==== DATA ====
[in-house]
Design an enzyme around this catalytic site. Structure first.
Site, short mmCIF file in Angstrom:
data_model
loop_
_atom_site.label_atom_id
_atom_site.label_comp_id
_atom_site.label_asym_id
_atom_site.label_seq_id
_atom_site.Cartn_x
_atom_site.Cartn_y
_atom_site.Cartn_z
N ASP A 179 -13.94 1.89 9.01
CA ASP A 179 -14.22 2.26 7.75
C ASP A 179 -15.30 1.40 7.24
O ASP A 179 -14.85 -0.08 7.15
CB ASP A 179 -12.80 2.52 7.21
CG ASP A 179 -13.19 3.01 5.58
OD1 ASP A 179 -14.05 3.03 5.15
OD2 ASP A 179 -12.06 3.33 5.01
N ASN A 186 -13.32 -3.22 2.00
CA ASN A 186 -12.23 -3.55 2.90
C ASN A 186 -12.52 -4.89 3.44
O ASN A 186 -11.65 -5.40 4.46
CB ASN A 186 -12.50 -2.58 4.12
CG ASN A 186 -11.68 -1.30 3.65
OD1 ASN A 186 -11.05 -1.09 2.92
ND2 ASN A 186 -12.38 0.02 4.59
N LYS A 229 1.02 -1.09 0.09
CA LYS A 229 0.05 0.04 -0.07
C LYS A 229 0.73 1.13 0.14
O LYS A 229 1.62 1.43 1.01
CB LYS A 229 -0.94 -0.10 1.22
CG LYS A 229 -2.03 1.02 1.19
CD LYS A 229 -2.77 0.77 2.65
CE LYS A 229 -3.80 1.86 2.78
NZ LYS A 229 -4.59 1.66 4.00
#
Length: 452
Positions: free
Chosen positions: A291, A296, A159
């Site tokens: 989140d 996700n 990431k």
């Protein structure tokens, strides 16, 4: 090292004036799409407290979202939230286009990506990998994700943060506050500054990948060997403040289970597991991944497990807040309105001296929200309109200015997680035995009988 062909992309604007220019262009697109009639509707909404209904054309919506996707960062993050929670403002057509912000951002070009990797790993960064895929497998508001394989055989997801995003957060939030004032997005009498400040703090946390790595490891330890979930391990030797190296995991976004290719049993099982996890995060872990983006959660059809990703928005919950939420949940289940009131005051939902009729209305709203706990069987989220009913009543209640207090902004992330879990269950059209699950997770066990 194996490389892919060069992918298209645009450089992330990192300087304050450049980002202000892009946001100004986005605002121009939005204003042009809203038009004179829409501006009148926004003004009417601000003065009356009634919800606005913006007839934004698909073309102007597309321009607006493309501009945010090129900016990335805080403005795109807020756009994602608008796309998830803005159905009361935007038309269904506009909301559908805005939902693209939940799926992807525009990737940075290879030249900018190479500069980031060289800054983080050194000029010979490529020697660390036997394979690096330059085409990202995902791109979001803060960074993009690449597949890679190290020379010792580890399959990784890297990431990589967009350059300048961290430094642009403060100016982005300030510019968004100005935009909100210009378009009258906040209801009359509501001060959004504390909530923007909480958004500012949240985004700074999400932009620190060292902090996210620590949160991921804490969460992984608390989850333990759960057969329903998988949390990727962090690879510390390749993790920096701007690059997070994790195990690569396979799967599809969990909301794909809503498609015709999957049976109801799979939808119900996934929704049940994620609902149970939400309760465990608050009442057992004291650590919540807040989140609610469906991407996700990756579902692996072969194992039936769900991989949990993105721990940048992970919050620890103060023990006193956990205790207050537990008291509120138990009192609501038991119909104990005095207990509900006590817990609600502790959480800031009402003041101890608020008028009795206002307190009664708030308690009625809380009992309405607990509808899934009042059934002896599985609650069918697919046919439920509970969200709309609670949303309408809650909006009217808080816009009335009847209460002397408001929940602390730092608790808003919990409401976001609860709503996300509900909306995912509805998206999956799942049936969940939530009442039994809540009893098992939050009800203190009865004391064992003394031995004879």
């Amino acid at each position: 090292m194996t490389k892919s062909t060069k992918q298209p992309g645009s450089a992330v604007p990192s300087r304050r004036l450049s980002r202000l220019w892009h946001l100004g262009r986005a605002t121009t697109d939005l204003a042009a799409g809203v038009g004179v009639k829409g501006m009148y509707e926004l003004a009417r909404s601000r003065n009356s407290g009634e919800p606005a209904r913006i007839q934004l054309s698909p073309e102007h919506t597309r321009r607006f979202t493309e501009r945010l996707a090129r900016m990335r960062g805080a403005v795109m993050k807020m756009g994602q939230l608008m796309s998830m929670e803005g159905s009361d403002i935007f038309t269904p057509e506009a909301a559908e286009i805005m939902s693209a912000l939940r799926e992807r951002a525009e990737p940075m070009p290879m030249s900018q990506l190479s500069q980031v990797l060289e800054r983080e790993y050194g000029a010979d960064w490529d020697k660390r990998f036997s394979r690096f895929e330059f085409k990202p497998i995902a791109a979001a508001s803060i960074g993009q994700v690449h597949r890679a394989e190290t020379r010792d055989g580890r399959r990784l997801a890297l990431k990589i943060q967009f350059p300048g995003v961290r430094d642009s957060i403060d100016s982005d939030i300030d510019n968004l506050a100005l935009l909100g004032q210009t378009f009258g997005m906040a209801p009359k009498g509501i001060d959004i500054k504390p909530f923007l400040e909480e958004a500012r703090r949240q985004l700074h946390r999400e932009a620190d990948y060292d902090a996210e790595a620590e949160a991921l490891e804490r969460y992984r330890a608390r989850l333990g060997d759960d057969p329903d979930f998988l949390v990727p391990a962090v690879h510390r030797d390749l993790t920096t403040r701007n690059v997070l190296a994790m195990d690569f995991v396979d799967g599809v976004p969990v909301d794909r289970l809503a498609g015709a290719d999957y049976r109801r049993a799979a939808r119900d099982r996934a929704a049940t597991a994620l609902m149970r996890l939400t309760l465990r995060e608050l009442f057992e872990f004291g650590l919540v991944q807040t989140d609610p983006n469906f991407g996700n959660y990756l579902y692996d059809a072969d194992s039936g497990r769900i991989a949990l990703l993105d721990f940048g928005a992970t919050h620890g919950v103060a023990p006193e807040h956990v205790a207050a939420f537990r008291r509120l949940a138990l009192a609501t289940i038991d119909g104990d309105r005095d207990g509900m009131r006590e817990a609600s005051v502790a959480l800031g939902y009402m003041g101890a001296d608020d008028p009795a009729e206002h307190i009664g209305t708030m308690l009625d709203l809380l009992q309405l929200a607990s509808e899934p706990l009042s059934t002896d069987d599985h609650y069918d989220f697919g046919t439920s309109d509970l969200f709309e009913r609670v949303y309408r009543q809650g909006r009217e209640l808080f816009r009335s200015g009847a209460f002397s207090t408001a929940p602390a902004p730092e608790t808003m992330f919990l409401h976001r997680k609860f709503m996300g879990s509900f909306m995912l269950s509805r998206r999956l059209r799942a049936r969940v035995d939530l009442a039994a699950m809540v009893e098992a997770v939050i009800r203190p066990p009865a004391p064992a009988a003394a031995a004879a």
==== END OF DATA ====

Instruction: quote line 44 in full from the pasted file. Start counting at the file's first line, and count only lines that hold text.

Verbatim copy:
């Amino acid at each position: 090292m194996t490389k892919s062909t060069k992918q298209p992309g645009s450089a992330v604007p990192s300087r304050r004036l450049s980002r202000l220019w892009h946001l100004g262009r986005a605002t121009t697109d939005l204003a042009a799409g809203v038009g004179v009639k829409g501006m009148y509707e926004l003004a009417r909404s601000r003065n009356s407290g009634e919800p606005a209904r913006i007839q934004l054309s698909p073309e102007h919506t597309r321009r607006f979202t493309e501009r945010l996707a090129r900016m990335r960062g805080a403005v795109m993050k807020m756009g994602q939230l608008m796309s998830m929670e803005g159905s009361d403002i935007f038309t269904p057509e506009a909301a559908e286009i805005m939902s693209a912000l939940r799926e992807r951002a525009e990737p940075m070009p290879m030249s900018q990506l190479s500069q980031v990797l060289e800054r983080e790993y050194g000029a010979d960064w490529d020697k660390r990998f036997s394979r690096f895929e330059f085409k990202p497998i995902a791109a979001a508001s803060i960074g993009q994700v690449h597949r890679a394989e190290t020379r010792d055989g580890r399959r990784l997801a890297l990431k990589i943060q967009f350059p300048g995003v961290r430094d642009s957060i403060d100016s982005d939030i300030d510019n968004l506050a100005l935009l909100g004032q210009t378009f009258g997005m906040a209801p009359k009498g509501i001060d959004i500054k504390p909530f923007l400040e909480e958004a500012r703090r949240q985004l700074h946390r999400e932009a620190d990948y060292d902090a996210e790595a620590e949160a991921l490891e804490r969460y992984r330890a608390r989850l333990g060997d759960d057969p329903d979930f998988l949390v990727p391990a962090v690879h510390r030797d390749l993790t920096t403040r701007n690059v997070l190296a994790m195990d690569f995991v396979d799967g599809v976004p969990v909301d794909r289970l809503a498609g015709a290719d999957y049976r109801r049993a799979a939808r119900d099982r996934a929704a049940t597991a994620l609902m149970r996890l939400t309760l465990r995060e608050l009442f057992e872990f004291g650590l919540v991944q807040t989140d609610p983006n469906f991407g996700n959660y990756l579902y692996d059809a072969d194992s039936g497990r769900i991989a949990l990703l993105d721990f940048g928005a992970t919050h620890g919950v103060a023990p006193e807040h956990v205790a207050a939420f537990r008291r509120l949940a138990l009192a609501t289940i038991d119909g104990d309105r005095d207990g509900m009131r006590e817990a609600s005051v502790a959480l800031g939902y009402m003041g101890a001296d608020d008028p009795a009729e206002h307190i009664g209305t708030m308690l009625d709203l809380l009992q309405l929200a607990s509808e899934p706990l009042s059934t002896d069987d599985h609650y069918d989220f697919g046919t439920s309109d509970l969200f709309e009913r609670v949303y309408r009543q809650g909006r009217e209640l808080f816009r009335s200015g009847a209460f002397s207090t408001a929940p602390a902004p730092e608790t808003m992330f919990l409401h976001r997680k609860f709503m996300g879990s509900f909306m995912l269950s509805r998206r999956l059209r799942a049936r969940v035995d939530l009442a039994a699950m809540v009893e098992a997770v939050i009800r203190p066990p009865a004391p064992a009988a003394a031995a004879a």